Big Data Analytics Master's Degrees: 20 Top Programs
Big Data Masters Degrees: Big Differences
Data growth is headed in one direction, so it's clear that the skills gap is a long-term problem. But many businesses just can't wait the three to five years it might take today's undergrads to become business-savvy professionals. With that and InformationWeek's readership in mind, there's a great opportunity for experienced information management professionals and even data-savvy IT generalists to fill the talent void. Thus, here's our short list of one- and two-year business analytics and big-data-oriented masters programs in North America.
All of these programs are geared to candidates who already have undergraduate degrees, and most favor professionals with three or more years of work experience. In many cases part-time options are available, so students can continue to work as they learn more about big data analytics.
This is not a ranking. It's an alphabetical listing of well-known and emerging masters programs specifically targeting the big data analytics talent gap. We've included several of the masters programs at elite schools of engineering where grad-school-supported research programs have sprung up around big data. Columbia, for example, has its Institute for Data Sciences, Harvard has its Institute for Applied Computational Science and the University of California, Berkeley has its AMPLab (which explores the role of algorithms, machines and people in big data analytics).
Getting into a masters program at an elite school is no guarantee you'll be tapped for an interesting big data research project working alongside a well-known professor. Nevertheless, graduates of these schools tend to have their pick of future employers.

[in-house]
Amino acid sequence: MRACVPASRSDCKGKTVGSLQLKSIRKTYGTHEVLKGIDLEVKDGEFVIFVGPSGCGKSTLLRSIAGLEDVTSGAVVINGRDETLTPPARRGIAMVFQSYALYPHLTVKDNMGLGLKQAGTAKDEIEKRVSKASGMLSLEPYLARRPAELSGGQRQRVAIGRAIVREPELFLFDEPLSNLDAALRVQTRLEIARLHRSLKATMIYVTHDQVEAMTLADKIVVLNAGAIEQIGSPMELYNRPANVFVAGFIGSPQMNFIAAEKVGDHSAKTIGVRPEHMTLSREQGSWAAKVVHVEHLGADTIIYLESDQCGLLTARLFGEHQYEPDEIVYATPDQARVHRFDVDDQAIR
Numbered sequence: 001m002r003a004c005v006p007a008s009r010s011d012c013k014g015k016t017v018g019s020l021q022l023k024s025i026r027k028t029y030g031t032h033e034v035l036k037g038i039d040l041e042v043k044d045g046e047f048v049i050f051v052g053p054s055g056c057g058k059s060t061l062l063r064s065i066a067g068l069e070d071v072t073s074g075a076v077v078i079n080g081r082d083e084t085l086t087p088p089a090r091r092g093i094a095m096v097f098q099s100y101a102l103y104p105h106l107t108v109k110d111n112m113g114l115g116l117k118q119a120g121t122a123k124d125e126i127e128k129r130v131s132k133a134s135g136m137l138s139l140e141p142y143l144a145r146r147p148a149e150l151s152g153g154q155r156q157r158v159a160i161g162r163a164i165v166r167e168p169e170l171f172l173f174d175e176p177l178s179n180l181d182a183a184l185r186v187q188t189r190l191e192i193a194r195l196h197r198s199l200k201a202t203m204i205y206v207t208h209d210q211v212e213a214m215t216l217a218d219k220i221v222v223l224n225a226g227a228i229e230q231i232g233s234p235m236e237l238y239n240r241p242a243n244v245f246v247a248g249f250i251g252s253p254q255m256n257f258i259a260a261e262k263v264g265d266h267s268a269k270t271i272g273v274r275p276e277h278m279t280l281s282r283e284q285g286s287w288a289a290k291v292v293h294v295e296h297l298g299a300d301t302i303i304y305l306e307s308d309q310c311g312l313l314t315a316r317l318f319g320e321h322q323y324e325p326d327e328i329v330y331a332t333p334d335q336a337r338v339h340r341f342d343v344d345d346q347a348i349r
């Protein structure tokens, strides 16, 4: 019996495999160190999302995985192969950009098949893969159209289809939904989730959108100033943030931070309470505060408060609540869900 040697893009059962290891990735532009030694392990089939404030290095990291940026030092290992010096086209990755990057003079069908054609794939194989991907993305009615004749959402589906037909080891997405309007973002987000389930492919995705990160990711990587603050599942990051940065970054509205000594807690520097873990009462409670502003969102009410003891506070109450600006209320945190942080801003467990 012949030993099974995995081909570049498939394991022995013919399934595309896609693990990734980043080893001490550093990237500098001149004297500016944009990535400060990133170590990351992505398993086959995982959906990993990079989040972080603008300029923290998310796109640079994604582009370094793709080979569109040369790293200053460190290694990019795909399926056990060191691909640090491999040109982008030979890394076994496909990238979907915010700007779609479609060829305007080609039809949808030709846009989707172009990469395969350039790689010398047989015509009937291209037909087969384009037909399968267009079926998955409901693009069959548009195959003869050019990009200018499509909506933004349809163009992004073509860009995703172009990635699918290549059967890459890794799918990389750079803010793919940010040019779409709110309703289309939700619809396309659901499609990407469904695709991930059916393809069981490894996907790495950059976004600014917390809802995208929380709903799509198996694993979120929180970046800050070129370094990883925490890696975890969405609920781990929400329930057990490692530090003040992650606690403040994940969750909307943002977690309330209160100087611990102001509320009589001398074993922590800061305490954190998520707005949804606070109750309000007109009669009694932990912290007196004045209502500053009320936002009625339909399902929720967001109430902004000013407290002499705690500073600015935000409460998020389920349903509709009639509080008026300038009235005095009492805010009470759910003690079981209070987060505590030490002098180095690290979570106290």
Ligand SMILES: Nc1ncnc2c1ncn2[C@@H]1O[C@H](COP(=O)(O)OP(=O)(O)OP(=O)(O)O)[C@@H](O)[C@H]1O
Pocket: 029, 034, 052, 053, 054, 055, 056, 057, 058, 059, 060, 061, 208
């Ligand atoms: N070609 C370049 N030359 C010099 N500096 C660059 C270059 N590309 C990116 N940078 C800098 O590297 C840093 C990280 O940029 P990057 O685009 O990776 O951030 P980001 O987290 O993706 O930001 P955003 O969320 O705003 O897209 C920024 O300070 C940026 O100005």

More than half of these schools are offering fairly new masters programs in business analytics. These tend to be interdisciplinary degrees sponsored by schools of business. In some cases it's an MBA degree with a specialization in analytics and information management (see New York University and Rutgers). In other cases it's a focused, business-meets-analytics program that can be completed in one year or less (see North Carolina State University, Drexel, Louisiana State University and Canada's York University). In still other cases, departments of statistics and operations research have dialed up their applied learning to create more business- and big-data-oriented programs (see University of Cincinnati and University of Tennessee).
Those specifically interested in big data analytics as applied to marketing should investigate Bentley University and DePaul. Insurance and financial services get special attention at the University of Illinois at Urbana-Champaign, where State Farm has a research center that offers tuition assistance and internship opportunities.
Given the number of universities developing business analytics and big-data related programs, a list of 20 schools can't be comprehensive. Thus, our last slide offers links to 10 more masters programs for big data analytics, including new programs at Arizona State, Fordham University and The University of Maryland.
We encourage schools not listed here to add appropriate masters programs using the comment tool at the bottom of the page (note: all comments that include URLs must be reviewed before posting to eliminate spam, so either omit links or count on a delay). It will take some time to fill the big data talent gap, so we'll be updating and expanding this career-development compendium as a service to our readers.